Part of the interview series by Laura Perrem, Long Story, Short Journal Contributing Journalist.
Photo copyright Walter Nguyen
I find it very adolescent to view death through a romantic lens and struggle to reconcile its urgency with the blandness and discomfort of daily life.
Long Story, Short Journal presents the next instalment of our interview series: a conversation with Yaron Kaver, author of our January 2016 story ‘The Dead Soldier’s Sister’. Interview series by Laura Perrem.
Laura Perrem: Where are you now?
Yaron Kaver: These days I live, write and work in New York City. Well, mostly, I work. Sometimes I write. And I’m starting to suspect the twist ending will be that I’ve actually been living this whole time…
LP: What does a typical writing day look like for you?
YK: At the Idea-Gathering Stage, I look like just another smartphone zombie, because I use email drafts to store ideas as they come throughout the day. At the Outlining Stage, I look like a TV detective mapping out his serial killer case on the wall (minus the string—I have never used string). The Actual Writing Stage is when it gets really boring. I try to produce about two pages a day, and by “try” I mean “fail”. If I’ve written five pages a week, I count that as a success.
LP: It would be difficult to discuss “The Dead Soldier’s Sister” without talking about the relationship between David and the dead soldier’s sister. Their relationship grows very organically. Can you speak a little bit about how this idea developed for you?
YK: To a certain extent, David’s relationship with the sister follows my relationship to her character as a writer. She started out as a “story solution,” a personification of David’s otherwise solitary obsession. His initial perception of her is similar to my own—it’s all about her functionality. What can he get out of her? What could I get out of her? From that point on, we progress along parallel tracks. What he gets from her is like what a junkie gets from a dealer, a fix, a rush. What I get from her is pushback, conflict. The more time he spends abusing her, the more time I spend creating that tension between what he thinks their relationship is about, and what it actually is. By the end of that process, the story belongs to her. She is the more fully realized of the two of them.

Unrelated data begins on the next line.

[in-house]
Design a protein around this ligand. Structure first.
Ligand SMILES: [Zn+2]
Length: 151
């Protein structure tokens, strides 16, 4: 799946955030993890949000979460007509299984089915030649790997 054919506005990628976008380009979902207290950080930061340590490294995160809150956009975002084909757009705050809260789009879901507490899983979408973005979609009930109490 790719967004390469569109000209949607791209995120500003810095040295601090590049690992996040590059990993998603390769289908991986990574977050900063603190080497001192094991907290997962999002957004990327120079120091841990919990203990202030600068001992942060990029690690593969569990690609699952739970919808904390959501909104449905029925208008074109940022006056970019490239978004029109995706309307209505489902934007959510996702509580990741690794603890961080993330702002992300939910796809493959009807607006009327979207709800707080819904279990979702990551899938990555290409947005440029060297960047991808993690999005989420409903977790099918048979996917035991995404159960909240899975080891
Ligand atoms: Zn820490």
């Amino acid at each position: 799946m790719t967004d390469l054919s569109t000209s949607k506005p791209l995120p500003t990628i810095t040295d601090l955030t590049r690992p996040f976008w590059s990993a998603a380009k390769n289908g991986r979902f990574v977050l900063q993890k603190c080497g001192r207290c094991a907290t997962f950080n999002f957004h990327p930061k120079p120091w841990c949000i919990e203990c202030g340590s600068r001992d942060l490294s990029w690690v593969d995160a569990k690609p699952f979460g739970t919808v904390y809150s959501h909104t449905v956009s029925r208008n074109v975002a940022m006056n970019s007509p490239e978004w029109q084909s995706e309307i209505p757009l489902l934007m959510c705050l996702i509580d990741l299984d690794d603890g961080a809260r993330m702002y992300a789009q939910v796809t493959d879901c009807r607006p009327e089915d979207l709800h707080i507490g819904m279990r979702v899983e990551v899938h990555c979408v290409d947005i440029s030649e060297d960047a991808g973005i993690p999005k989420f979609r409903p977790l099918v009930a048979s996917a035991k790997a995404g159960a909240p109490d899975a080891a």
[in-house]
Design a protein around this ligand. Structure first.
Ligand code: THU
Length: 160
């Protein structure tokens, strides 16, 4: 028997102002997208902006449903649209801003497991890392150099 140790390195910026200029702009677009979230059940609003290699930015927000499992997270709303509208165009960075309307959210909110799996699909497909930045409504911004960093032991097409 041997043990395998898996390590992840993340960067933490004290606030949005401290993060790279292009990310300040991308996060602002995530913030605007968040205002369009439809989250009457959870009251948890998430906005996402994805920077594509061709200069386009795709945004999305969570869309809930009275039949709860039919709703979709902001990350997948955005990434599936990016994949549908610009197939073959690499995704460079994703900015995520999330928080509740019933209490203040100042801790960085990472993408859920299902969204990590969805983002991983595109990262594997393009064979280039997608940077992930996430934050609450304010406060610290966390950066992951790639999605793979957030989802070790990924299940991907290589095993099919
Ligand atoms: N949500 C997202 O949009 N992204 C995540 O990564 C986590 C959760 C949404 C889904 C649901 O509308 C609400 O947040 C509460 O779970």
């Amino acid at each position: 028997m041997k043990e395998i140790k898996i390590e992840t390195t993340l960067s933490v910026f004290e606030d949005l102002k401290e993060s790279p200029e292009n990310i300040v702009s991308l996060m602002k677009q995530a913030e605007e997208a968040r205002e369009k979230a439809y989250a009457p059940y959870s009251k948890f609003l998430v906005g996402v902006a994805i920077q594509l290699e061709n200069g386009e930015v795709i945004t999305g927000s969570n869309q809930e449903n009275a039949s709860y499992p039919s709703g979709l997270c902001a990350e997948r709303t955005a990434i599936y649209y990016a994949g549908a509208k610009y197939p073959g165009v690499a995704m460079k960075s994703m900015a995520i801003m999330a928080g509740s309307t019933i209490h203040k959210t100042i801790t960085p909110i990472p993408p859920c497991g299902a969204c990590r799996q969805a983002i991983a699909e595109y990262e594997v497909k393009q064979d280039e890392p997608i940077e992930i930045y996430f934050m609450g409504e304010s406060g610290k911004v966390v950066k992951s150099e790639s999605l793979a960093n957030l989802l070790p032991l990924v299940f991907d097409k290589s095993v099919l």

LP: “The Dead Soldier’s Sister” is set within a long-established and complex political/cultural/socio-geographical situation. At one point David’s routine is interrupted by “yet another suicide bombing”. Can you speak a little bit about how you approached framing your story within this context.
YK: As cliché as it sounds, I always thought of this story as being “universal.” I find it very adolescent to view death through a romantic lens and struggle to reconcile its urgency with the blandness and discomfort of daily life. You don’t need to be living in Israel for the idea of mortality to become the temporary focal point of your teenage existence. But for the story to work, David had to feel real, and his world had to be lived-in and precise. So rather than run away from my biography, I mined it for specificity. On the one hand, the setting allowed me to feel confident in the details of the world and its characters, having lived through the 90s as a teenager in Israel. On the other hand, it presented the risk of melodrama (and, as you mentioned in your next question, politicization). I made an effort to avoid sensationalizing the extreme events, not just for artistic considerations, but in order to get closer to the truth. Terror was a part of life, and so was downplaying the severity of its effects.
LP: Are you conscious, while writing, of your own political views and how much they should, or could, come through your writing?
YK: In an ideal world, my stories would never bring the word “politics” to mind. The reality, of course, is that just by being born Israeli or Palestinian you are forced into a lifelong ambassadorship of your country and people. This conflation of individuals and governments is debilitating, inside and outside of writing. If I’m political at all in my work, it’s in the effort to insert private, non-contentious moments into the large, dehumanizing narrative that tends to take shape—good guys vs. bad guys, David vs. Goliath, etc.—polarized views that, to my mind, leave no viable solution on the table save for the utter destruction of one side.
LP: What are you working on now?
YK: After all that, would you believe I’m working on a comedy?
Yaron Kaver has written for Israeli television and translated screenplays for hundreds of Israeli films and shows. His fiction has appeared in Cold Mountain Review, Read Short Fiction, Fractal Magazine, MonkeyBicycle and Crack the Spine. His short story “And the Oscar Goes to Jail” won first prize in the 2014 Mark Twain House Humor Writing Contest. He has a BFA in Film and Television from NYU and an MFA in Creative Writing from Sarah Lawrence College. Read another story by Yaron Kaver (‘And the Oscar Goes to Jail’) at Read Short Fiction.
Laura Perrem is a Fine Art graduate of the Crawford College of Art and Design. She practices in both visual and written media. Her written practice includes poetry, short stories and art criticism. She has had poetry published in the Belleville Park Pages and is working towards her first collection of poetry.
Walter Nguyen is a French photographer. View more of his work on Flickr.